Raclette de Savoie and Morbier Bichonné Duo by Fromagerie Beillevaire
Made to Melt
Fromagerie Beillevaire has curated this duo of beautiful melting cheeses — the soft French version of the famed Raclette and a beautiful Morbier, known for the dark line running along its middle. We also offer a raclette grill for your cheese melting pleasure.
TASTING NOTES FROM THE CURATOR
Melting cheeses have gone from a European tradition to international phenomenon. Fromagerie Beillevaire, known for its curated cheeses from every region of France, offers two particular varieties in one pack, ready for you to slice up and set on a hot grill.
- Raclette de Savoie – This semi-soft cheese comes from the unpasteurized cow’s milk and is matured in spruce for at least 8 weeks. The wood imparts a nutty flavor and regulates the moisture of the rind. The pâté is creamy and dotted with small holes. It is smooth, neither salty nor sharp. This cheese is made on both the Swiss and French side of the Alps, though the French version, aside from being softer than its Swiss counterpart, possesses a strong, pungent aroma accompanied by a subtle earthiness and fruitiness.
- Morbier Bichonné – This delicate but flavorsome semi-soft cow’s milk cheese was originally made from leftover curd used to make Comté cheese, with a line of protective vegetable ash running through the middle before the Morbier wheel would be press-molded. Nowadays, Morbier is made from a single milking and production begins within 24 hours. It is aged for 100 days in natural stone cellars. Beneath its pale rind, the pâté is buttery and elastic, with the fragrances of hay, mushrooms, and flowers. It is fruity, with a delicate, creamy taste — and the distinct dark line in the center remains.
PREPARATION OR PAIRINGS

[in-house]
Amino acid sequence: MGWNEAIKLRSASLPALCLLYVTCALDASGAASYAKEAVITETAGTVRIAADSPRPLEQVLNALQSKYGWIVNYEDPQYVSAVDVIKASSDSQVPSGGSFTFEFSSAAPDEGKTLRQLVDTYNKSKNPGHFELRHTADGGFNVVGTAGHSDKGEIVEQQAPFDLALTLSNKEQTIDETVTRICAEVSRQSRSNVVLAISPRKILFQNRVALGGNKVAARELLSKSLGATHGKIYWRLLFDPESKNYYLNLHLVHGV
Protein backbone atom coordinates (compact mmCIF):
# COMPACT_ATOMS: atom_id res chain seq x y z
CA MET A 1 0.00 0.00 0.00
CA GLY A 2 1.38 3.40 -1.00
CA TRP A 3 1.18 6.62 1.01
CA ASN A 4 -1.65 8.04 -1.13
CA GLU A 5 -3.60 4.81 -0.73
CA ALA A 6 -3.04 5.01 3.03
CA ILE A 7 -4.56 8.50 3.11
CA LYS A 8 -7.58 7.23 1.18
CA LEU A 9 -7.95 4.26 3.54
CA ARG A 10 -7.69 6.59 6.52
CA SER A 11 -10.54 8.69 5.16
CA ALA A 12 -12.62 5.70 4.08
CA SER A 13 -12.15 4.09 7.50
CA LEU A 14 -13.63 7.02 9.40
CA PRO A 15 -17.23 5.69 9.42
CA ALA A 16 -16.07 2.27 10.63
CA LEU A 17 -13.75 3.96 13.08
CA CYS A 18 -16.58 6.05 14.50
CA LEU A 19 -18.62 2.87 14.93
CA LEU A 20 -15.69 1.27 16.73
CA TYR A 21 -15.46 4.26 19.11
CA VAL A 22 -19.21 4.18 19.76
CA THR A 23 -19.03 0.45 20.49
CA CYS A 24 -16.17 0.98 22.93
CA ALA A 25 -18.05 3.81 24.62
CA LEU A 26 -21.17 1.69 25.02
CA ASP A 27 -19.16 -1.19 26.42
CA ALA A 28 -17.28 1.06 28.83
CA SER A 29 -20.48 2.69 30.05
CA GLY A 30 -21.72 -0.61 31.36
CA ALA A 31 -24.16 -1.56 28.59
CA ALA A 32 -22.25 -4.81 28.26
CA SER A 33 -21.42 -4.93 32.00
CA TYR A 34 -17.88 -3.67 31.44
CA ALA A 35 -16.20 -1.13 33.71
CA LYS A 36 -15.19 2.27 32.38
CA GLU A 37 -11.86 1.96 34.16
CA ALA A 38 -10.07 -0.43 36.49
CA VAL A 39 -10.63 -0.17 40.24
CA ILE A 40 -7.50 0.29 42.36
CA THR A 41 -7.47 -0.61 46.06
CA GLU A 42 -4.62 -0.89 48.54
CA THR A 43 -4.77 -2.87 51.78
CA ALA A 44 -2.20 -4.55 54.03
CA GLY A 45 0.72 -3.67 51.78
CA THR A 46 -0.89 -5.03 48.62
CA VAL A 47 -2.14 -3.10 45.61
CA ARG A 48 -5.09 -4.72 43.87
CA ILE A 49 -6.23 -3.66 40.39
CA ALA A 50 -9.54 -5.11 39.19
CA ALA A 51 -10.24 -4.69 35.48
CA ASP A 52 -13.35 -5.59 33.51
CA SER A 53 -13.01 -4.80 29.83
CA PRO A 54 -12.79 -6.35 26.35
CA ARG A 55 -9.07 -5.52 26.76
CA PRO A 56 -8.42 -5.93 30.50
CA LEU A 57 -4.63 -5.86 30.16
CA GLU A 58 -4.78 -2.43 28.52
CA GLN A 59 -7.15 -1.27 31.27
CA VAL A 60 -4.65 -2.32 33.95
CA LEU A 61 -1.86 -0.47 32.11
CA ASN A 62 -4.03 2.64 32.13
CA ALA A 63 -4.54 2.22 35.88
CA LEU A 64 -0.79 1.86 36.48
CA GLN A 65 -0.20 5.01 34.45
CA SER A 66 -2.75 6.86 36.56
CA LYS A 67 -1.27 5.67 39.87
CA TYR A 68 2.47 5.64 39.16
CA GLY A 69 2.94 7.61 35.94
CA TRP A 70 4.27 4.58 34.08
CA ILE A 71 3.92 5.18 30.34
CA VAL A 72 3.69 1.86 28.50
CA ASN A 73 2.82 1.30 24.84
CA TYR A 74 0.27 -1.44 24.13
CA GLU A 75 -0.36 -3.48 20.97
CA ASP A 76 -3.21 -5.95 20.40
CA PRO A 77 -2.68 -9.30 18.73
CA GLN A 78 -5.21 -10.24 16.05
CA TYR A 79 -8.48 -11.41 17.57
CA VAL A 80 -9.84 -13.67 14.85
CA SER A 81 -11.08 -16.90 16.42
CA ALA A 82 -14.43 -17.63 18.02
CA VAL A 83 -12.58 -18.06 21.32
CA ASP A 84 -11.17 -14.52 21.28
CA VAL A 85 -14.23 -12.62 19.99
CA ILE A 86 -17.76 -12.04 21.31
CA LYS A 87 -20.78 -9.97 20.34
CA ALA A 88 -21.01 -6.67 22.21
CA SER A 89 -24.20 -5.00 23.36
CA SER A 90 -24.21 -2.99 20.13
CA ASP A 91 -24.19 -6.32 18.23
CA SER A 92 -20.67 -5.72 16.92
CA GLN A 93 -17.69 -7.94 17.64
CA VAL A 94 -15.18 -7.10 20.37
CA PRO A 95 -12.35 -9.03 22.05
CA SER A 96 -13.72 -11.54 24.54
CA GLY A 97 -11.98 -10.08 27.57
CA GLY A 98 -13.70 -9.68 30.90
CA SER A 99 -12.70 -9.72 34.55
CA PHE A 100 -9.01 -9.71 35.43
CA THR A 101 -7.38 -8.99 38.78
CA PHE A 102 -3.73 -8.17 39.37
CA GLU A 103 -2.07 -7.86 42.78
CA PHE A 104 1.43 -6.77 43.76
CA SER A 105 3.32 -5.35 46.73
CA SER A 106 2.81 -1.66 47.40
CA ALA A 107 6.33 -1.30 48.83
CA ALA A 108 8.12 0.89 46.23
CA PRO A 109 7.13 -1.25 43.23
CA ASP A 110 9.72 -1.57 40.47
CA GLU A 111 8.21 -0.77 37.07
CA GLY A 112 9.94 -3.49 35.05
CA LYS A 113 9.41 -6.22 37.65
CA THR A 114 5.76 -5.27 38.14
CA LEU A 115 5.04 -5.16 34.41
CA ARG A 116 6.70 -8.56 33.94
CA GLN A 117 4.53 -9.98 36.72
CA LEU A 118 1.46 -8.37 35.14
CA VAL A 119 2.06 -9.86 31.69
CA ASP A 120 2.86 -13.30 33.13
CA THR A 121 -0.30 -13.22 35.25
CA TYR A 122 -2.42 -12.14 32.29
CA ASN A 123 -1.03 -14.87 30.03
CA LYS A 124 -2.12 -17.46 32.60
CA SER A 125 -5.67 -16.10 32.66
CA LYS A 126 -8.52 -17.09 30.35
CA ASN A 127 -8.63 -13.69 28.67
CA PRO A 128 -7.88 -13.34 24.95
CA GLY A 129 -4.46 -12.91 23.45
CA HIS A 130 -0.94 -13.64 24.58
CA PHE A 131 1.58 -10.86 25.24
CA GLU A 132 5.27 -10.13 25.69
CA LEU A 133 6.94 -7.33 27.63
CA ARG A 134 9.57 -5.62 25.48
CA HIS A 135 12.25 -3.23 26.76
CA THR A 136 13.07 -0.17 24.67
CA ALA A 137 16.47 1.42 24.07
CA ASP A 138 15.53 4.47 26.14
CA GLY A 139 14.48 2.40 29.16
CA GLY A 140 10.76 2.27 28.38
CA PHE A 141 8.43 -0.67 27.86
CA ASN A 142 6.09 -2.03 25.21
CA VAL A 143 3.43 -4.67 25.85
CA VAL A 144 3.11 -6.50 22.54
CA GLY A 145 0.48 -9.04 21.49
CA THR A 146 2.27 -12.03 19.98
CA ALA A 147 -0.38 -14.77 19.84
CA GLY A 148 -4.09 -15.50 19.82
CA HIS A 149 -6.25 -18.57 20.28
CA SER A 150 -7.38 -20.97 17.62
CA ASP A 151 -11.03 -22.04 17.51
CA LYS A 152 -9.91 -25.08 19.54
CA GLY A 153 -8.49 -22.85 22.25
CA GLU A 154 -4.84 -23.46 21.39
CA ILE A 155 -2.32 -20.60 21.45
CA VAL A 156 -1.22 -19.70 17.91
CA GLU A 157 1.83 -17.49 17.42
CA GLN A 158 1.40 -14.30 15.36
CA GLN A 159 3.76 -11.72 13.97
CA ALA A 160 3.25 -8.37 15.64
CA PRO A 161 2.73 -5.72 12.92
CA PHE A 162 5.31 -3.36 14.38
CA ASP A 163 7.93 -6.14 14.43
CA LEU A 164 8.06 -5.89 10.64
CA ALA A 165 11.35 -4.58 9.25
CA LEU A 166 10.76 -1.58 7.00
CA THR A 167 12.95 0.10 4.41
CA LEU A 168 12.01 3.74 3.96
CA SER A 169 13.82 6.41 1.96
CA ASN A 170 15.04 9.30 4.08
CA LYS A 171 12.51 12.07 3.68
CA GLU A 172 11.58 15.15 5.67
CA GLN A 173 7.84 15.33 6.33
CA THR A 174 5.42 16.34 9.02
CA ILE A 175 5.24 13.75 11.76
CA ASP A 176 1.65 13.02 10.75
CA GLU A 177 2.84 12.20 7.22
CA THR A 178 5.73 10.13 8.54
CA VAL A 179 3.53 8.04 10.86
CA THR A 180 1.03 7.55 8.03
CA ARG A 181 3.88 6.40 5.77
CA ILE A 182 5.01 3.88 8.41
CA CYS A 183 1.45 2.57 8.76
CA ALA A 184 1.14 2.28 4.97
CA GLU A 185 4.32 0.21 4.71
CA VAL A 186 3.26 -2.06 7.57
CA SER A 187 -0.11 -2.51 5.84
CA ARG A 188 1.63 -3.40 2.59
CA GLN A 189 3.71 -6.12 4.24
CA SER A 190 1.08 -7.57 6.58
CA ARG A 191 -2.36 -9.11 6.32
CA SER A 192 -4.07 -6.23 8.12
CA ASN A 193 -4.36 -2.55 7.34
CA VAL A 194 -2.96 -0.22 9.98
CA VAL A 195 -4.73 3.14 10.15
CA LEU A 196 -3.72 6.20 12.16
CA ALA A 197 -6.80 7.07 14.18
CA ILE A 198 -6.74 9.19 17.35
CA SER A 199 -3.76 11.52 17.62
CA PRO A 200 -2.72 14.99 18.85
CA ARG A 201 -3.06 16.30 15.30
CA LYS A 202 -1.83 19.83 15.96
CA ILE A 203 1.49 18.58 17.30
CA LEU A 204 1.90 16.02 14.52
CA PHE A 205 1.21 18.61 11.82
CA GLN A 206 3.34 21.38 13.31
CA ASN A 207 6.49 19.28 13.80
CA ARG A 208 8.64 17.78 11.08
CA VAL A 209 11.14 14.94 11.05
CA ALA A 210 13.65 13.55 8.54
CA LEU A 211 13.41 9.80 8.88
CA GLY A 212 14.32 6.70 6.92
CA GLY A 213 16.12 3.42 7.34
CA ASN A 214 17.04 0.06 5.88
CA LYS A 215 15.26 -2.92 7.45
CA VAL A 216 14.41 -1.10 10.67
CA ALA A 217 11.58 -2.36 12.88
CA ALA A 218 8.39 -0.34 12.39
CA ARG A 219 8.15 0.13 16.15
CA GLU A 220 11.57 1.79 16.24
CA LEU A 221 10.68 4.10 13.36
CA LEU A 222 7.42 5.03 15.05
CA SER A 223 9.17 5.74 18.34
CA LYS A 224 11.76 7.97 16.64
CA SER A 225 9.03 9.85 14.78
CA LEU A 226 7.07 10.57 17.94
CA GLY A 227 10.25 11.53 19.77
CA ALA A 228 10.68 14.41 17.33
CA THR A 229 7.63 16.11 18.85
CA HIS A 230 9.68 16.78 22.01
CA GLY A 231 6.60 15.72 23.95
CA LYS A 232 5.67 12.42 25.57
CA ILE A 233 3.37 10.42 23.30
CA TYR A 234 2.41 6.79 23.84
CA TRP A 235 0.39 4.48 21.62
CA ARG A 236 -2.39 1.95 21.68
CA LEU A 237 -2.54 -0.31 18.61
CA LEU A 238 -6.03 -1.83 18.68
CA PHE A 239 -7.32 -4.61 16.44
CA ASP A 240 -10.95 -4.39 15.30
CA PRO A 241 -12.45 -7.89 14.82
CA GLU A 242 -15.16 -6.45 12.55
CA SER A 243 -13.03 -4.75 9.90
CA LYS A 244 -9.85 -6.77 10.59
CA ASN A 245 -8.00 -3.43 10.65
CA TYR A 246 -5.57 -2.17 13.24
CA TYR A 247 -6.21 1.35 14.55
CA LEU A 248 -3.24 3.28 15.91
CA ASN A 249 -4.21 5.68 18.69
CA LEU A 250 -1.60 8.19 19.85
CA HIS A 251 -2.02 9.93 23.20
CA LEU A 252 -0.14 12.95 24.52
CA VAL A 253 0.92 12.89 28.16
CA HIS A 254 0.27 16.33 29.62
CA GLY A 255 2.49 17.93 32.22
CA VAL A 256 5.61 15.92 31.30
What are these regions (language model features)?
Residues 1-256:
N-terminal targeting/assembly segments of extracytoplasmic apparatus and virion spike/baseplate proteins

Raclette gets its name from the French word “racler”, meaning to scrape. Traditionally, raclette as a dish is made by melting the cheese over a fire or off a special machine. Those at home use a raclette grill to achieve this effect with either the cheese of the same name or Morbier. The melted cheese is then scraped onto bread as an open-faced sandwich, or else over potatoes and cured meat. Add cornichons and pearl onions for an added tartness of flavor.
For those who don’t want to melt their cheeses, these can be served as an appetizer on crackers or toasted baguette slices with chutney on the side. Whatever you decide, we recommend a glass of Riesling or a chilled Saison beer to go with your meal!
A CHEESE FROM A REGION OF ITS OWN
Pascal Beillevaire’s ethos is that the best of each region should be showcased as much as possible. The Raclette is made by their partner, Laiterie La Savoyarde in Savoie. The Morbier is a result of their partnership with Fromagerie Hervé Poulet in Granges-sur-Baume for production and Cave de Machecoul in Machecoul for the cellar-aging process. Nothing but the best goes into cheeses with the Beillevaire stamp on them.
DISCLAIMER ON AVAILABILITY OF PRE-ORDERED AIR-FLOWN ITEMS
This is a pre-ordered item at The Bow Tie Duck and will only be available while the producer from overseas is able to supply and allow air-flown delivery. In case of delivery delays, delivery cancellations, “out of stock” notices, or “out of season” notices after purchase, you will be contacted by our Support Team. You will receive a refund or product replacement, or you can choose a new delivery date for your item. In choosing to place an order, you agree to the terms and have read that this particular product is not on-hand. After a short wait, you will receive your orders fresh from the source.
Cheeses (except brined ones in jars) should be stored in the crisper or the butter drawer of a refrigerator, not on the shelves themselves. This is to help regulate their temperature and humidity levels — and prevents the formation of mold. Once opened, they should not be kept in their original packaging. Semi-hard cheeses (including blues) should ideally be wrapped in cheese paper after opening. An alternative is to wrap them tightly in parchment paper to allow them to breathe, then loosely in aluminum foil to keep moisture out. Don’t forget to write up a label with the date you first opened the package. Replace the parchment paper every time you open the cheese, and it will be fine for up to one month. Beillevaire cheeses are air-flown from France on demand. They are meant to be consumed within 1 to 2 weeks of their arrival at your residence.